The five Justices who ordered the new look are unlikely to read the state Supreme Court’s response as negatively as Philip Morris has characterized it, and yet they could see in that response a threat to the integrity of the constitutional rule against punishing for harm to non-parties. That was a major development in the push to narrow the scope of punitive damages in general, as a majority of the Court, made up of different Justices, has been attempting to do since at least 1993.

It would appear that Mayola Williams’ lawyers have done a fairly good job of defending the pedigree of the state procedural rule at issue, so the Court may not be so ready to accept Philip Morris’ characterization of it as novel and perhaps even surprising. Rather than get into the niceties of state law interpretation, the Court’s majority may want to reach for a simpler response: simply order a new trial, and let both sides take their chances. It is hard to know whether the plight of Mrs. Williams, waiting for finality, would be persuasive for at least some in that majority – perhaps Justice Stephen G. Breyer (although he wrote the 2007 decision) or Justice David H. Souter. The others in that majority were Chief Justice John G. Roberts, Jr., and Justices Samuel A. Alito, Jr., and Anthony M. Kennedy.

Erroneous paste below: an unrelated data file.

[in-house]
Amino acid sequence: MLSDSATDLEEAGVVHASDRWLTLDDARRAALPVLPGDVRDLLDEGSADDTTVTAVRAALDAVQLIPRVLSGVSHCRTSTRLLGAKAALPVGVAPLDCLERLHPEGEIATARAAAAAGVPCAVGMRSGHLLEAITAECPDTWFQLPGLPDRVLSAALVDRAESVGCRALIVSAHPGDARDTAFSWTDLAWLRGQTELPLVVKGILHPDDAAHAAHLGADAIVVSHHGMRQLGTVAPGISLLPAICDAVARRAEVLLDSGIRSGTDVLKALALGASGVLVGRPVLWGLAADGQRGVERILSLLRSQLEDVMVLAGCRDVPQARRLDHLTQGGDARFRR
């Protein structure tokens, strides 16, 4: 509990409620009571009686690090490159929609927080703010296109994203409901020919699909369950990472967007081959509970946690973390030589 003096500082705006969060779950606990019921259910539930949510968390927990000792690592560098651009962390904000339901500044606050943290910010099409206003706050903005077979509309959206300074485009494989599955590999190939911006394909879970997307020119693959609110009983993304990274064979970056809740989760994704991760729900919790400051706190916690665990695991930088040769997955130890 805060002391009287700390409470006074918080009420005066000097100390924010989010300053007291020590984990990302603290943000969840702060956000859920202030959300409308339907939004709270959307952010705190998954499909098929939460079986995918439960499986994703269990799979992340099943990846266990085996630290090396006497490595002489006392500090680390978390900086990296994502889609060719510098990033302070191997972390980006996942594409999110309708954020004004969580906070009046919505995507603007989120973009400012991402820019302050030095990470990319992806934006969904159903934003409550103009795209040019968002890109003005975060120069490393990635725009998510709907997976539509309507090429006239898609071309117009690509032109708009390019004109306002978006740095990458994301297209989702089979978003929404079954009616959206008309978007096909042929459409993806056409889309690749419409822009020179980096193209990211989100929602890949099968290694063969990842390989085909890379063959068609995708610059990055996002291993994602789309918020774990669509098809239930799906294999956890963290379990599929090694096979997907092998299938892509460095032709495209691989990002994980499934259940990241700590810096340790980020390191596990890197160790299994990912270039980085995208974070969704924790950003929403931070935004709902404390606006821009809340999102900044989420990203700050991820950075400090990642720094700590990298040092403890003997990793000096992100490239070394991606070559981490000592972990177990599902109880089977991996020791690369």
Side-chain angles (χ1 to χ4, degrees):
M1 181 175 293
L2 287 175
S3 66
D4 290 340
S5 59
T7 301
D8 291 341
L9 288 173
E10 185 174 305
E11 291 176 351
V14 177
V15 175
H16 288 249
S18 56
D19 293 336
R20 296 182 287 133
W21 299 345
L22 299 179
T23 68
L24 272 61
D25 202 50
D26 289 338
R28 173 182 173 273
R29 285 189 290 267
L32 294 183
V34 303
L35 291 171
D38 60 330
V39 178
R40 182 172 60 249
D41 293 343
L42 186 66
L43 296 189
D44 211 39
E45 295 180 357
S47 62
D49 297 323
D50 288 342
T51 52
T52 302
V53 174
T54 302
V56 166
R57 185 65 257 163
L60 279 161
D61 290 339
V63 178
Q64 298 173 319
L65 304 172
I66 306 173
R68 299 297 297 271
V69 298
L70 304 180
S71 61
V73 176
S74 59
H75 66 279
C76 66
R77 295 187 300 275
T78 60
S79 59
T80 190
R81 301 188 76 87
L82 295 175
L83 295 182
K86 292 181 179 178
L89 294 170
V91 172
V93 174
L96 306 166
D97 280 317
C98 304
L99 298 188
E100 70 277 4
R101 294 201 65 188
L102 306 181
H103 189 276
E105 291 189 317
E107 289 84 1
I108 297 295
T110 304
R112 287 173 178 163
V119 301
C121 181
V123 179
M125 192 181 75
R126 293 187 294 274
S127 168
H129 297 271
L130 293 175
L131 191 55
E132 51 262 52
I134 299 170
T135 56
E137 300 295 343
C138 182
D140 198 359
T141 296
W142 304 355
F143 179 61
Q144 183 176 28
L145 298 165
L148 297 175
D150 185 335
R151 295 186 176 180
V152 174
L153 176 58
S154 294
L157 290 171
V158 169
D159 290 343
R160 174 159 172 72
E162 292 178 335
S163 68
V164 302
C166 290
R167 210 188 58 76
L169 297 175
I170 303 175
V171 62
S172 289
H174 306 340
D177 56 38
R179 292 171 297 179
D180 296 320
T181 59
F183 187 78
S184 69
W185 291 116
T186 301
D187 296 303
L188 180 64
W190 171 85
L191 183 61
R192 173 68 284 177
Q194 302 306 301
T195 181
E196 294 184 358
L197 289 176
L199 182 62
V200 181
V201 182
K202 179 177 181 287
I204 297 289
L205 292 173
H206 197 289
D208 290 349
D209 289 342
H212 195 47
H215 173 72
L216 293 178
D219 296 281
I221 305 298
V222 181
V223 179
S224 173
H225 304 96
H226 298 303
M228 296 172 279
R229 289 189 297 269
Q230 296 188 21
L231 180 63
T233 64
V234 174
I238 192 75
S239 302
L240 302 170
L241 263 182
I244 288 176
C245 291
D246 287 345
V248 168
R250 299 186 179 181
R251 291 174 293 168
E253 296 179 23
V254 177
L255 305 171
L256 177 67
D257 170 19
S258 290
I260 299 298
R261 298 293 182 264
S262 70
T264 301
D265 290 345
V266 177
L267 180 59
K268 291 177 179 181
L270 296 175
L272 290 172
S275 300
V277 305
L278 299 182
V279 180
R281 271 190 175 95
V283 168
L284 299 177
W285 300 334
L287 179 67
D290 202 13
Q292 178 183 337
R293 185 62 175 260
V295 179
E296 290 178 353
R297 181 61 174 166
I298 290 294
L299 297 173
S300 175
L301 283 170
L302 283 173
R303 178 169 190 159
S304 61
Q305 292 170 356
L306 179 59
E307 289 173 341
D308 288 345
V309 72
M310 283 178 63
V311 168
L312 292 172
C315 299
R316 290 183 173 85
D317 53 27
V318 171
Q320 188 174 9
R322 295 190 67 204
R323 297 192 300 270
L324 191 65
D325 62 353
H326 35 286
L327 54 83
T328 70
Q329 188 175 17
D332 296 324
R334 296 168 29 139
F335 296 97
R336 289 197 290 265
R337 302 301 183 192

The four on the other side were Justices Ruth Bader Ginsburg, Antonin Scalia, John Paul Stevens and Clarence Thomas.